The Surgeons Scorecard

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Coming Soon: ProPublica’s Surgeon Scorecard




Millions of patients a year undergo common elective operations – things like knee and hip replacements or gall bladder removals.

But, there’s almost no information available about the quality of surgeons who do them. ProPublica analyzed 2.3 million Medicare operations and identified 67,000 patients who suffered serious complications as a result: infections, uncontrollable bleeding, even death.

We’ll be reporting the complication rates of 17,000 surgeons — so patients can make an informed choice.


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[Foreword J. Phillips MD JD MBA] [Foreword D. Nash MD MBA]


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6 Responses

  1. Follow-up

    Whether consumers are choosing a car, a household appliance or even a nursing home, there are ratings and reviews available to make the best choice.

    But, patients are often blind when choosing a surgeon.

    Ann Miller RN MHA


  2. After Transparency

    Morbidity Hunter MD joins Cherry Picker MD.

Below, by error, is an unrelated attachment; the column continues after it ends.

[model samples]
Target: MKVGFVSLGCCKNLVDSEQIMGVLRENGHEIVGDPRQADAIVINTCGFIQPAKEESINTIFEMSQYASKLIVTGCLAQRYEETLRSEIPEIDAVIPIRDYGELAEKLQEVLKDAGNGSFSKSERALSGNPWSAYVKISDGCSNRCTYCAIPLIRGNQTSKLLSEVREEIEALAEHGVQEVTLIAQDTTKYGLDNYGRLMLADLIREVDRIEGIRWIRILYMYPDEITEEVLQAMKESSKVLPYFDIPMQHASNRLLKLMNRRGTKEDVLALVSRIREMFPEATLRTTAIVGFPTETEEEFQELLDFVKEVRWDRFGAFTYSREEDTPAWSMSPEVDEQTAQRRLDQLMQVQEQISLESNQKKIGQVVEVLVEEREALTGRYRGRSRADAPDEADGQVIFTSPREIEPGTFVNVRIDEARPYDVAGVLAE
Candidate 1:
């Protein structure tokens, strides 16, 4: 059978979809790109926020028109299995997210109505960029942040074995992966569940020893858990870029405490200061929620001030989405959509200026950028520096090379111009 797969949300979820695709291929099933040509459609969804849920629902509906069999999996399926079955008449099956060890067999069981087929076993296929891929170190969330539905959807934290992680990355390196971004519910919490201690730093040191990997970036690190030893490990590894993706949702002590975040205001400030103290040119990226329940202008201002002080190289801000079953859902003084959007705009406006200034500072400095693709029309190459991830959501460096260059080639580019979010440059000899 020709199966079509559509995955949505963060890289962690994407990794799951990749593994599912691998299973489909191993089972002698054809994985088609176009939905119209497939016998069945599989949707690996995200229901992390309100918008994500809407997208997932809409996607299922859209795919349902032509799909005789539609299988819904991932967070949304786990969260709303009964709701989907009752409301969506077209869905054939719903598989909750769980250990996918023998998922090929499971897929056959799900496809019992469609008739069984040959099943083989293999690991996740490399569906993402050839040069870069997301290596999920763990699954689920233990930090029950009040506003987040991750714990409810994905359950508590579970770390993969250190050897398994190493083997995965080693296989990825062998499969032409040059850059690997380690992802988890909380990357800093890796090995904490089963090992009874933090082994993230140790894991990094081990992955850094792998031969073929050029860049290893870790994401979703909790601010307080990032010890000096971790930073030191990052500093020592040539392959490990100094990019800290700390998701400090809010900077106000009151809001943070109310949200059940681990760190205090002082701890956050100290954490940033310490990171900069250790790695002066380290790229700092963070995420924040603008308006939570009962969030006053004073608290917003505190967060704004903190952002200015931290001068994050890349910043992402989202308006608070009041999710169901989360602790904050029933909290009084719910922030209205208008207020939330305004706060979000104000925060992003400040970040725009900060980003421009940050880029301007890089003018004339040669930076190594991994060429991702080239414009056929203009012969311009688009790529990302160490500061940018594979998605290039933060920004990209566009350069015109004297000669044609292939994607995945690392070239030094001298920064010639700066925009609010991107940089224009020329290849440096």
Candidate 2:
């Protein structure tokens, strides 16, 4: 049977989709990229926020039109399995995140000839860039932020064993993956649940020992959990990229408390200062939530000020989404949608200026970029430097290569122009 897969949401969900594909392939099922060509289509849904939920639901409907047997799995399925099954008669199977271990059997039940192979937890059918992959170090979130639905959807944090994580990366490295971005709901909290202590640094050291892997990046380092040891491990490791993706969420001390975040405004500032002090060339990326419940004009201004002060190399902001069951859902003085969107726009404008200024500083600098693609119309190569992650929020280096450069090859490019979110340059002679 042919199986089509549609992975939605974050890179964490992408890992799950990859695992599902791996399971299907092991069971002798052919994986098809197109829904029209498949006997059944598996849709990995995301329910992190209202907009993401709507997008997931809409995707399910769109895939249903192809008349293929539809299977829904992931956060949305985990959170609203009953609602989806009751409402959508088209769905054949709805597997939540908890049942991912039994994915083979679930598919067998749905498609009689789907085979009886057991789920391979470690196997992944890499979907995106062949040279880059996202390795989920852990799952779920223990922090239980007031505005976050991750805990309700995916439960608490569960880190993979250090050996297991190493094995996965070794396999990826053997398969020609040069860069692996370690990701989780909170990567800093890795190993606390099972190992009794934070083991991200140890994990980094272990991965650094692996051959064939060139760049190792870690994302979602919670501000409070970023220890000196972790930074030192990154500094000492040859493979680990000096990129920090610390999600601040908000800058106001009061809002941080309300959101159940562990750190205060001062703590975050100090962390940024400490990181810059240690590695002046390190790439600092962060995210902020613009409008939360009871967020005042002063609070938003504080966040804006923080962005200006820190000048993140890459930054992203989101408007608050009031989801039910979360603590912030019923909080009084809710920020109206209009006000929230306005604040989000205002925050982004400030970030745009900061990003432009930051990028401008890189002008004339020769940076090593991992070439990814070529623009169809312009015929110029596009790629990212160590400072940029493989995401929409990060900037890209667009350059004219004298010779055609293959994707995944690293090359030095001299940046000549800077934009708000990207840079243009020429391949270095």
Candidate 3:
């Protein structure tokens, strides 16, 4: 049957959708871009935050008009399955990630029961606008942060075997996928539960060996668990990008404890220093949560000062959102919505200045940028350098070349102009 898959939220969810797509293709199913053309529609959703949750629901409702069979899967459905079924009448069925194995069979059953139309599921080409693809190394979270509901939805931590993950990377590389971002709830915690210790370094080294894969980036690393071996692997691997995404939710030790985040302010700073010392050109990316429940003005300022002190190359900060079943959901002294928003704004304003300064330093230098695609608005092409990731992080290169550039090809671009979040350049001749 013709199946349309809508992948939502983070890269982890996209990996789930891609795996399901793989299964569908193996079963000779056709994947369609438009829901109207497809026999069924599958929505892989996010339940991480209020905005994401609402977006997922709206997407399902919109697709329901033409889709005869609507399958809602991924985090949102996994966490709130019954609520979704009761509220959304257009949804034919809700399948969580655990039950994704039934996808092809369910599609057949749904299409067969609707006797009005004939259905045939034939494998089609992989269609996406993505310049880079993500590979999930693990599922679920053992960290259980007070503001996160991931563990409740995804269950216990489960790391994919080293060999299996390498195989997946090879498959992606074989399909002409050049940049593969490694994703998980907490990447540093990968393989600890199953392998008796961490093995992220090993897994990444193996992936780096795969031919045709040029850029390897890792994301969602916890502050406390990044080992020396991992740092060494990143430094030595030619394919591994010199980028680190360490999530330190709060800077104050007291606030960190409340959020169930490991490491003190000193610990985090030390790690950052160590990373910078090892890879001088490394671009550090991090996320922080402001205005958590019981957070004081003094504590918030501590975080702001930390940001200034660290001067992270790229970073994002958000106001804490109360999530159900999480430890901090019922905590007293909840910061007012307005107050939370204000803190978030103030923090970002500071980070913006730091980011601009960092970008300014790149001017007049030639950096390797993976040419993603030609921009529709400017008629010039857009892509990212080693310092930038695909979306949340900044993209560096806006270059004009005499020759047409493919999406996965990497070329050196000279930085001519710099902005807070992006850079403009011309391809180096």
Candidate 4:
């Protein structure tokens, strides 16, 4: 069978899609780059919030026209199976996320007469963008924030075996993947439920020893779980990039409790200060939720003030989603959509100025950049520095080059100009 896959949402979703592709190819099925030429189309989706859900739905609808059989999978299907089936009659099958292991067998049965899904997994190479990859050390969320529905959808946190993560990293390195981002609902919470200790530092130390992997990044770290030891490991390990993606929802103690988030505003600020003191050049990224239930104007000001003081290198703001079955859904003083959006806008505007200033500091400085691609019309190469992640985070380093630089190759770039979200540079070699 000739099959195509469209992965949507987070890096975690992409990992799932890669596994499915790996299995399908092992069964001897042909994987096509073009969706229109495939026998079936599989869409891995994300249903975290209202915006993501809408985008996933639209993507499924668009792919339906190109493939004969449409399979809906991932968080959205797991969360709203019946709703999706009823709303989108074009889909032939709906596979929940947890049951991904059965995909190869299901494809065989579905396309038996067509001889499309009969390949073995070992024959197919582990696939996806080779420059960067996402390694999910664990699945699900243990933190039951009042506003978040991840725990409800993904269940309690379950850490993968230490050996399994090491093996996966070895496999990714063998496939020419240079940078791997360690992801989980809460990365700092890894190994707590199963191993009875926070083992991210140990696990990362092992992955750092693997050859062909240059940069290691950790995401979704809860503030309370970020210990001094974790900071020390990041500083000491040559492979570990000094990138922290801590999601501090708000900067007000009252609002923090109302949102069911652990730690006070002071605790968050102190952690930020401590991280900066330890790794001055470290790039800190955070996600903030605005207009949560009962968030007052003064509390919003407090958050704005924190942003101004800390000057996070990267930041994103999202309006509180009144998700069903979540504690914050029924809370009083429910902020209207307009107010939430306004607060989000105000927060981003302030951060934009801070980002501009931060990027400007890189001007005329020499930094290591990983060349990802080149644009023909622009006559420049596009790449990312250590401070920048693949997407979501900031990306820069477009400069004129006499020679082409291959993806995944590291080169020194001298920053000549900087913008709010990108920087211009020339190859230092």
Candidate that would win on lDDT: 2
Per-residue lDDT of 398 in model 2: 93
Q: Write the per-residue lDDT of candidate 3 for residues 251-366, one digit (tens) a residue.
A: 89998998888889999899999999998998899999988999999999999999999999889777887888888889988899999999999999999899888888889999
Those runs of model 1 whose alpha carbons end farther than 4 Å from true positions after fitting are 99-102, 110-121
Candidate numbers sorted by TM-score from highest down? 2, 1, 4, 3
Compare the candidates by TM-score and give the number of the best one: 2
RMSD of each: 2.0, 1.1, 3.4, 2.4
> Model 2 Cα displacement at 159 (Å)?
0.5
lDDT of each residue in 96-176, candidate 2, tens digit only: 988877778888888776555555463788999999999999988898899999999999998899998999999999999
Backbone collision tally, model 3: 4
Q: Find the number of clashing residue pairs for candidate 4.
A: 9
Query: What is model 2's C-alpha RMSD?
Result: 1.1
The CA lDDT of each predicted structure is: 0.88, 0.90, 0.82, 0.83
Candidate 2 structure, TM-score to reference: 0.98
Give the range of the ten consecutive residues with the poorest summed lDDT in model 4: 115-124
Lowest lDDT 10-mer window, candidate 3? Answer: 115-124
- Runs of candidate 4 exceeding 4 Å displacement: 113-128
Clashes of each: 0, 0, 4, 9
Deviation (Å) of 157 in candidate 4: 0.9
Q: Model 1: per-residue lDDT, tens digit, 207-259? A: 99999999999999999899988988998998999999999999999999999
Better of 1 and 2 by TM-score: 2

SAURABH JHA MD via Ann Miller R MHA


  3. Why the Surgeon Scorecard is a journalistic low point for ProPublica

    Jeffrey Parks MD via Ann Miller RN MHA


  4. Surgeon’s Scorecard

    F/U – Misunderstanding Propublica:

    Ann Miller RN MHA


  5. Complication Rates of 16,000+ Surgeons Published

    Using public data from the CMS Inpatient Limited Data Set, which includes every hospital visit by every Medicare patient in the study period, ProPublica journalists created a searchable database of surgical complications that resulted in deaths or readmissions within 30 days due to complications.

    The data set spans more than 200 variables, including the hospital, patient age, and gender, ICD-9 procedure and diagnosis codes, dates of admission, and discharge dates. Data journalists spoke to dozens of doctors, surgeons, and researchers who use the Medicare data, to develop the patient outcome measures used.

    While the tool was in development in 2014, CMS agreed to make unencrypted surgeon identifiers public for the first time, so that patients, procedures, complications, and surgeons could all be linked and examined by all.

    Source: Univadis [12/23/15]


  6. A Surgeon So Bad It Was Criminal

    Via and By Laura Beil special to ProPublica

    Christopher Duntsch’s surgical outcomes were so outlandishly poor that Texas prosecuted him for harming patients. Why did it take so long for the systems that are supposed to police problem doctors to stop him from operating?



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